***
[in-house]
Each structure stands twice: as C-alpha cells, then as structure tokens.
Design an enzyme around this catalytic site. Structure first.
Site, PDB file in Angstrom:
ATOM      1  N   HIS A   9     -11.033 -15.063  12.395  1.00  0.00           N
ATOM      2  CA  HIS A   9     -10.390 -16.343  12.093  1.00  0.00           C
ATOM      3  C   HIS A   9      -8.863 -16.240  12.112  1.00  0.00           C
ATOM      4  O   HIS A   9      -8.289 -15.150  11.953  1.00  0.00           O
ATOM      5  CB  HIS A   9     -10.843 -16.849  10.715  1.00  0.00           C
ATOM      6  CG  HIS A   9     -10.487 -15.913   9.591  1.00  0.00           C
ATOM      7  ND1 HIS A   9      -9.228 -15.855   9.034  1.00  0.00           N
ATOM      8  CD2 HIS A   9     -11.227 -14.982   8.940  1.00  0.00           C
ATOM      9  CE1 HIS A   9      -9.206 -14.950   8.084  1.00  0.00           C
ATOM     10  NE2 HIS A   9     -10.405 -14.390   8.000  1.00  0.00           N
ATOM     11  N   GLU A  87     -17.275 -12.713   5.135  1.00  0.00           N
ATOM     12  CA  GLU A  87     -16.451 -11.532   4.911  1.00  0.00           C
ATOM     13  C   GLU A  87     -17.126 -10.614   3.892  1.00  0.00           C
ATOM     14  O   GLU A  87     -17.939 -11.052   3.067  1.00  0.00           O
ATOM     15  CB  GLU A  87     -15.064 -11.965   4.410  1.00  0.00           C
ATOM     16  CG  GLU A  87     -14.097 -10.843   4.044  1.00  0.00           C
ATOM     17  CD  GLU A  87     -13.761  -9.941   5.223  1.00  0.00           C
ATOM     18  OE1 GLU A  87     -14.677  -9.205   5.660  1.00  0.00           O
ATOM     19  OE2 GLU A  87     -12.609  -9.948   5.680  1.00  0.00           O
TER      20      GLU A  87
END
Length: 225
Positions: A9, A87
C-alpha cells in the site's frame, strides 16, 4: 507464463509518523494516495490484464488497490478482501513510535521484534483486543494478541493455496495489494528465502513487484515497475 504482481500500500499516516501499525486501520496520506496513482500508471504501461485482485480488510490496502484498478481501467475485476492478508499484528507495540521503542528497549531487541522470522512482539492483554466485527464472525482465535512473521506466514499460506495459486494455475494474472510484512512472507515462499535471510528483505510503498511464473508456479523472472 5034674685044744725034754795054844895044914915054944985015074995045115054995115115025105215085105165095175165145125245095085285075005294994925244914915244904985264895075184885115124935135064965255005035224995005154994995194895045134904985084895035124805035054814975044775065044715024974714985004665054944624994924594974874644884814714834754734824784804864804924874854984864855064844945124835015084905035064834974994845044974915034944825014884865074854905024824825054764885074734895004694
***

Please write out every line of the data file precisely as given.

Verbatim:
[in-house]
Each structure stands twice: as C-alpha cells, then as structure tokens.
Design an enzyme around this catalytic site. Structure first.
Site, PDB file in Angstrom:
ATOM      1  N   HIS A   9     -11.033 -15.063  12.395  1.00  0.00           N
ATOM      2  CA  HIS A   9     -10.390 -16.343  12.093  1.00  0.00           C
ATOM      3  C   HIS A   9      -8.863 -16.240  12.112  1.00  0.00           C
ATOM      4  O   HIS A   9      -8.289 -15.150  11.953  1.00  0.00           O
ATOM      5  CB  HIS A   9     -10.843 -16.849  10.715  1.00  0.00           C
ATOM      6  CG  HIS A   9     -10.487 -15.913   9.591  1.00  0.00           C
ATOM      7  ND1 HIS A   9      -9.228 -15.855   9.034  1.00  0.00           N
ATOM      8  CD2 HIS A   9     -11.227 -14.982   8.940  1.00  0.00           C
ATOM      9  CE1 HIS A   9      -9.206 -14.950   8.084  1.00  0.00           C
ATOM     10  NE2 HIS A   9     -10.405 -14.390   8.000  1.00  0.00           N
ATOM     11  N   GLU A  87     -17.275 -12.713   5.135  1.00  0.00           N
ATOM     12  CA  GLU A  87     -16.451 -11.532   4.911  1.00  0.00           C
ATOM     13  C   GLU A  87     -17.126 -10.614   3.892  1.00  0.00           C
ATOM     14  O   GLU A  87     -17.939 -11.052   3.067  1.00  0.00           O
ATOM     15  CB  GLU A  87     -15.064 -11.965   4.410  1.00  0.00           C
ATOM     16  CG  GLU A  87     -14.097 -10.843   4.044  1.00  0.00           C
ATOM     17  CD  GLU A  87     -13.761  -9.941   5.223  1.00  0.00           C
ATOM     18  OE1 GLU A  87     -14.677  -9.205   5.660  1.00  0.00           O
ATOM     19  OE2 GLU A  87     -12.609  -9.948   5.680  1.00  0.00           O
TER      20      GLU A  87
END
Length: 225
Positions: A9, A87
C-alpha cells in the site's frame, strides 16, 4: 507464463509518523494516495490484464488497490478482501513510535521484534483486543494478541493455496495489494528465502513487484515497475 504482481500500500499516516501499525486501520496520506496513482500508471504501461485482485480488510490496502484498478481501467475485476492478508499484528507495540521503542528497549531487541522470522512482539492483554466485527464472525482465535512473521506466514499460506495459486494455475494474472510484512512472507515462499535471510528483505510503498511464473508456479523472472 5034674685044744725034754795054844895044914915054944985015074995045115054995115115025105215085105165095175165145125245095085285075005294994925244914915244904985264895075184885115124935135064965255005035224995005154994995194895045134904985084895035124805035054814975044775065044715024974714985004665054944624994924594974874644884814714834754734824784804864804924874854984864855064844945124835015084905035064834974994845044974915034944825014884865074854905024824825054764885074734895004694